Incident on SpaceX pad could delay its first manned flight
A mysterious but apparently serious incident occurred Saturday in Cape Canaveral, Florida involving the SpaceX capsule intended to carry American astronauts into space late this year, the private company and NASA announced.
"Earlier today, SpaceX conducted a series of engine tests on a Crew Dragon test vehicle on our test stand at Landing Zone 1 in Cape Canaveral, Florida," a SpaceX spokesman said in a statement. "The initial tests completed successfully but the final test resulted in an anomaly on the test stand."
A photo on the Florida Today website showed large amounts of smoke pouring out of the test site, and there was speculation about a possible explosion, but neither SpaceX nor NASA would provide any immediate detail.
NASA administrator Jim Bridenstine referred on Twitter only to an "anomaly."
"This is why we test," he added. "We will learn, make the necessary adjustments and safely move forward."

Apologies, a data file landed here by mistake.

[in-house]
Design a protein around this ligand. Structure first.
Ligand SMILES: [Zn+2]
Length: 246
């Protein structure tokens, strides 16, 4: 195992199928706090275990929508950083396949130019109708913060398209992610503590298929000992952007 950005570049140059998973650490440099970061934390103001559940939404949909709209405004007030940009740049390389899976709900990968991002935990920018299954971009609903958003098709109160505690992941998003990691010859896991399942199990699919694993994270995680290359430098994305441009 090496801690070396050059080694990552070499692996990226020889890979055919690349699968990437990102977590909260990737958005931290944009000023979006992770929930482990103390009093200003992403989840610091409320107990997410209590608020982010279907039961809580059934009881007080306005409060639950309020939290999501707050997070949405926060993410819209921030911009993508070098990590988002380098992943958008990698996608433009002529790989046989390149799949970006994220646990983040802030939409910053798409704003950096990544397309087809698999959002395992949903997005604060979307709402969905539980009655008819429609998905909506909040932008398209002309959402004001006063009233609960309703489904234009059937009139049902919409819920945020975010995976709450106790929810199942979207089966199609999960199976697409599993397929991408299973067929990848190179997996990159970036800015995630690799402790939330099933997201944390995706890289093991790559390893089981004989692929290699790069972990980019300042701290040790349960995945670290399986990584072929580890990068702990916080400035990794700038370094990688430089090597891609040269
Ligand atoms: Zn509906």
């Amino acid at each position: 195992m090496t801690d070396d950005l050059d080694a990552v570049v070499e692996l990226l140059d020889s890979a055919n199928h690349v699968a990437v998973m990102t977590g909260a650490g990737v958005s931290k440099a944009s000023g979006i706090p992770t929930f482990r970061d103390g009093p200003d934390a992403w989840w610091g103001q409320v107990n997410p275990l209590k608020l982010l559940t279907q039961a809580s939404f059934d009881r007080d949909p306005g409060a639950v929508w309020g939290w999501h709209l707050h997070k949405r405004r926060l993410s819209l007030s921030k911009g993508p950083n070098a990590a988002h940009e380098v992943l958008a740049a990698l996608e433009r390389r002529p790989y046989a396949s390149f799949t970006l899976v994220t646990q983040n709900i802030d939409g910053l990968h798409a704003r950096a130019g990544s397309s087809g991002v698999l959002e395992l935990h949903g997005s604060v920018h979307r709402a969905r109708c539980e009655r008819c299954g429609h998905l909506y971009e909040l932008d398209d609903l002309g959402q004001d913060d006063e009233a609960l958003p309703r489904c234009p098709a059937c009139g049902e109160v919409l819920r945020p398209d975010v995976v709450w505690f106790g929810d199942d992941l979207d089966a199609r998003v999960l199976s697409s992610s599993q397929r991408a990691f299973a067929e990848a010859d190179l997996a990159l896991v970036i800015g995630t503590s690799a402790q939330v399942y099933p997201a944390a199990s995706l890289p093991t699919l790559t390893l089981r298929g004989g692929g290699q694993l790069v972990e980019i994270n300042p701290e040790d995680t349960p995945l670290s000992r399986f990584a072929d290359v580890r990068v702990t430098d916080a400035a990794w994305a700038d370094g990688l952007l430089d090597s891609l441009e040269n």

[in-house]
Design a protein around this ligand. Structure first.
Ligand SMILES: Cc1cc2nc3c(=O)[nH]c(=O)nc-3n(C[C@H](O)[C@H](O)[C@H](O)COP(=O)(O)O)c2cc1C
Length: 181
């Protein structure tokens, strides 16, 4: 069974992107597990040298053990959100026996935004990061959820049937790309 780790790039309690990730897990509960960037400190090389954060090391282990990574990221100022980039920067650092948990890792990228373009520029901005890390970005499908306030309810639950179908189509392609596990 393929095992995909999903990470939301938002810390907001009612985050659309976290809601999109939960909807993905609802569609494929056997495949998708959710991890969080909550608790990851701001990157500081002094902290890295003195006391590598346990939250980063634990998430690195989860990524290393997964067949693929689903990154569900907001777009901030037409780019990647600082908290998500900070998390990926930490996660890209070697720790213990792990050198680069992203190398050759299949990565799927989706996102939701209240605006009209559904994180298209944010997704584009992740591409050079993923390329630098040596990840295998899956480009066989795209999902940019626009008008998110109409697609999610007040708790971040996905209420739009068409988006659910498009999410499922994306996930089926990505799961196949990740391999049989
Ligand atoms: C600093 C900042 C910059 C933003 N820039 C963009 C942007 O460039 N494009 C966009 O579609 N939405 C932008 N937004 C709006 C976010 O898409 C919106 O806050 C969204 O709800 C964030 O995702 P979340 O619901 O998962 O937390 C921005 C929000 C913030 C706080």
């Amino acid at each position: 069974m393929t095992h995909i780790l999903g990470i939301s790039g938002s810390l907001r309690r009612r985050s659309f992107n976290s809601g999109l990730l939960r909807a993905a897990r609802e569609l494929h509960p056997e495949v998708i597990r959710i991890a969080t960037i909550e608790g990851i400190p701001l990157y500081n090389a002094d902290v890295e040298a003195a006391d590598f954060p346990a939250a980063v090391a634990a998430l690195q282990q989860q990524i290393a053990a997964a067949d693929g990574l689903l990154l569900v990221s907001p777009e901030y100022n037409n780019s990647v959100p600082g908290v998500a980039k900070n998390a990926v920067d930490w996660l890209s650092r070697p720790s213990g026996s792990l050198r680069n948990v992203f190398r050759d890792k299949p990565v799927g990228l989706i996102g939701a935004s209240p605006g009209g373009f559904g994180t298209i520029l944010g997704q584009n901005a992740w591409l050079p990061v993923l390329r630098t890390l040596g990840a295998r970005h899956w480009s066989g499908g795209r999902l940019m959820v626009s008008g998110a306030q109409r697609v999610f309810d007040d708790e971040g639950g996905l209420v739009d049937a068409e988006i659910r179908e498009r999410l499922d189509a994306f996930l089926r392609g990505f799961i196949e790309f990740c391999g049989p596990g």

Crew Dragon undertook a successful test flight in March, sending an unmanned capsule to dock for five days with the International Space Station before returning to Earth.
NASA called the flight "a major milestone," and it raised hopes that the Crew Dragon's first manned flight could take place before year's end.
The capsule is equipped with eight rocket engines (named SuperDraco) that can provide an emergency backup system: for example, if the launch vehicle encounters a problem, SuperDraco allows the capsule to quickly detach and return the astronauts safely to Earth.
NASA is counting on SpaceX's capsule, as well as Boeing's Starliner, to ferry astronauts to and from the ISS, a task handled since 2011 by Russia.
SpaceX was founded in 2002 by Elon Musk to help reduce space transportation costs—and with an ultimate goal of helping colonize Mars.
© 2019 AFP